* All-wheel-drive is everywhere -- This design feature, which used to be found only in a few oddball Audis and Subarus, is now offered in bread and butter family cars like the Ford Five Hundred, wagons like the Chrysler Pacifica, minivans like the Toyota Sienna -- and high-performance sport sedans like the new Lexus IS250 and Infiniti G35. AWD is great because unlike truck-style four-wheel-drive, which is designed for off-road operation and typically works in part-time (2WD) mode on dry, paved roads, AWD constantly sends engine power to the wheels with the most grip, on or off-road. And it's just as great for high-performance driving on dry, paved roads as it is for keeping your car glued to the road in rain or snowy weather -- while truck-style four-wheel-drive is mostly good at wasting fuel and sapping performance (by adding weight) unless it happens to be snowing or you've gone off-road.

* There are no slow cars anymore -- True, some new cars are much faster than others, but there are no new cars that need 15-30 seconds just to reach 60 mph -- as, for example, the old air-cooled VW Beetle and other econo-boxes of the '70s and '80s did. Today, a typical mid-sized family car can nail 60 mph in about 8 seconds; many do it in 6-7 seconds. The "slow" cars are closer to 10 seconds. If you go back a few years, an 8-second-to-60 mph time was considered sports car quick -- the stuff of V-8 performance cars like the Pontiac Trans-Am. Also, there are few new cars that have any real trouble hitting triple digit speeds -- even a hybrid like the Toyota Prius or Honda Insight can do 100-plus if you keep your foot in it. And the typical mid-sized, V-6 powered family sedan can nail 130-plus -- a supercar top end as recently as the late '80s.

* They protect us like a warm womb -- Today's cars are more "survivable" than the race cars of the not-so-distant past -- with active (traction and stability control, ABS) and passive (air bags, seat belt pre-tensioners; "crumple zones," etc.) safety features designed to prevent a crash from occurring and protect us against being injured or killed if one happens anyhow. No more steering-wheel-through-the chest, no more being decapitated by the windshield your head just went through. While not death-free, your odds of barrel-rolling a modern car and living to tell the tale (with all your body parts still attached and functioning) is much higher than it's ever been. Even small cars -- which used to be referred to as "death traps" in the business -- are pretty safe, at least compared to the genuine death-mobiles of the '70s, '80s and even early '90s -- before things like air bags and deformable, impact-absorbing body structures became commonplace.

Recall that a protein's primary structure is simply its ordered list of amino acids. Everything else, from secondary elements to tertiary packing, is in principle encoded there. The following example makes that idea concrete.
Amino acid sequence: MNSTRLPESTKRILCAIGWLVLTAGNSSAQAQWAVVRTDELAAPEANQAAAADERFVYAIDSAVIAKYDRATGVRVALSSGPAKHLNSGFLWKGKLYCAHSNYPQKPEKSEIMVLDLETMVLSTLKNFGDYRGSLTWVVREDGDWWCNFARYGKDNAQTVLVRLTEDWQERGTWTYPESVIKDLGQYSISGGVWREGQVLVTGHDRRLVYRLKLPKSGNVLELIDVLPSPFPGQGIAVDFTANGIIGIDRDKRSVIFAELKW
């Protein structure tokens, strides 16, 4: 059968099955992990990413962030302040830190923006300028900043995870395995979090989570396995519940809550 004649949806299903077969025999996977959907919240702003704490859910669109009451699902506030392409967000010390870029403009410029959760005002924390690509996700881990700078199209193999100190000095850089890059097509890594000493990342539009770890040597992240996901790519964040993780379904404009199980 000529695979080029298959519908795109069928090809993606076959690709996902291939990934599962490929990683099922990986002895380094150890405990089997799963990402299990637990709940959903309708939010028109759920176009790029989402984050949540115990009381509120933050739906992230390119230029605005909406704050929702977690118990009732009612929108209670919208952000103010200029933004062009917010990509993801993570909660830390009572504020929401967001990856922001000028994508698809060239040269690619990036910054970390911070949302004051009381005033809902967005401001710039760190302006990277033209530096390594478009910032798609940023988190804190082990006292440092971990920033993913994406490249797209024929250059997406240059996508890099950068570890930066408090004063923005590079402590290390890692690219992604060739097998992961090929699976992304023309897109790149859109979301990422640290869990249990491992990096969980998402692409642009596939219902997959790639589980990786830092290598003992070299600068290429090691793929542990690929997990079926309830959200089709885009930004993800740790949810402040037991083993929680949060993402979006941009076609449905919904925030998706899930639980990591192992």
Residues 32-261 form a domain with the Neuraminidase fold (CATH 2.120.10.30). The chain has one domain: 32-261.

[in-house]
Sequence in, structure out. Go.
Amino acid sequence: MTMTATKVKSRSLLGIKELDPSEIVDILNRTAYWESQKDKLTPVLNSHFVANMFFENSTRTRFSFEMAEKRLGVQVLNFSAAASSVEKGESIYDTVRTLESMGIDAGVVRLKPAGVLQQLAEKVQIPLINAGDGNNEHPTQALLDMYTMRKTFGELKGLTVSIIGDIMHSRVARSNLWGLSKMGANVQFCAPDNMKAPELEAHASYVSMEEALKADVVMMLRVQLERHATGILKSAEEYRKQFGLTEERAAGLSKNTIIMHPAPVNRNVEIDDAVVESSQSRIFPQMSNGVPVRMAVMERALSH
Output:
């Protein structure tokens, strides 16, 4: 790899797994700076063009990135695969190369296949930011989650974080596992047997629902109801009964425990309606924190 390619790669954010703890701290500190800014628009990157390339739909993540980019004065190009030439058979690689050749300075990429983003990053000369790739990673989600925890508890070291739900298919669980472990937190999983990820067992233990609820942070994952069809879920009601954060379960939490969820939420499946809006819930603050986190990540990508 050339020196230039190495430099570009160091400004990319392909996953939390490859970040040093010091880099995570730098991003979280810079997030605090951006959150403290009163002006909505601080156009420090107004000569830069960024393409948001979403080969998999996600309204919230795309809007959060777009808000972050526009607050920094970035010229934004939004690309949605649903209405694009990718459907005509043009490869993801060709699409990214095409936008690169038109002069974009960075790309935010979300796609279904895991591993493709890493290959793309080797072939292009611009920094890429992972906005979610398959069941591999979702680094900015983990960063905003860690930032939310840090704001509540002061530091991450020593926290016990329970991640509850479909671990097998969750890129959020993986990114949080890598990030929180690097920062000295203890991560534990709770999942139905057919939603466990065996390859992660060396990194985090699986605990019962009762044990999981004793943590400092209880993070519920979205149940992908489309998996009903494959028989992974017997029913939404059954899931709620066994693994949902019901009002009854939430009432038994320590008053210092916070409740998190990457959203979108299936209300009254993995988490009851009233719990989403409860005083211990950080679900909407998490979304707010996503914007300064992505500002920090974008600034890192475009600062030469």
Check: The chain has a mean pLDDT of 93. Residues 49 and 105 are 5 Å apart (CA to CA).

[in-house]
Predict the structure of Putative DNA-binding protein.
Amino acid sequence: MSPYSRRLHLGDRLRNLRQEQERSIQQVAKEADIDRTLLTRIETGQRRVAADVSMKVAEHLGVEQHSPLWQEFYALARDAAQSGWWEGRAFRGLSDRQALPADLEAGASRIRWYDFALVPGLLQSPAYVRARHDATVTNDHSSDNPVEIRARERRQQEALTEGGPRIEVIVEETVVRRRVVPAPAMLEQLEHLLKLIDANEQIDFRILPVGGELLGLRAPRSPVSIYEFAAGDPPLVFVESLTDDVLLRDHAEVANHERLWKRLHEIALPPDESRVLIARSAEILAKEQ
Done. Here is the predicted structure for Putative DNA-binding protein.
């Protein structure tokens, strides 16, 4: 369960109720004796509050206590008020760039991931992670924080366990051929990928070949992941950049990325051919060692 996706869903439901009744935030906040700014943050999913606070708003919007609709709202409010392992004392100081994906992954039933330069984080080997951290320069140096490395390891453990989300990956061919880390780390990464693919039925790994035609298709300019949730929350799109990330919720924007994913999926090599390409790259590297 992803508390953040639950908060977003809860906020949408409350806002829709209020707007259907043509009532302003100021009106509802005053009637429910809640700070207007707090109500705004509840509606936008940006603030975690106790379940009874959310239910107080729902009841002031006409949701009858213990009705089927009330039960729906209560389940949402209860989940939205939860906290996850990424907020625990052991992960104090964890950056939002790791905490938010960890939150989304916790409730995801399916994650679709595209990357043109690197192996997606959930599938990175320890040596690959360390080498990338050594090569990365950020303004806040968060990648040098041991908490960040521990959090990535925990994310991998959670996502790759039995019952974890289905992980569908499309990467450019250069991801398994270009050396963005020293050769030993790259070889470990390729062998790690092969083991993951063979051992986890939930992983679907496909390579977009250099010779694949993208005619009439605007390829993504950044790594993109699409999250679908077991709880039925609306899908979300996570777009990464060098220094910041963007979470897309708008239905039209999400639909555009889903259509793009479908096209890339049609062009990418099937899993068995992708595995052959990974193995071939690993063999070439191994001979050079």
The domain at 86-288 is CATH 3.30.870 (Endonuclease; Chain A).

* We have choices like never before -- Depending on how you do the math, there are something like 600-plus makes/models of cars, trucks, SUVs, crossovers, hybrids and in-betweens to choose from. Everything from micro-sized Scions and Minis to automotive brontosauri like the Nissan Titan and Hummer H1. There are literally cars for every lifestyle, preference, budget -- tailored to please our every whim. And they are more affordable than ever -- with killer financing deals and manufacturer incentives that give buyers an edge like they've never had before. We get to buy the best-built, up-to-date and interesting new cars that have ever been offered to the public -- and we get to do it on our terms.

It's a lot to be thankful for!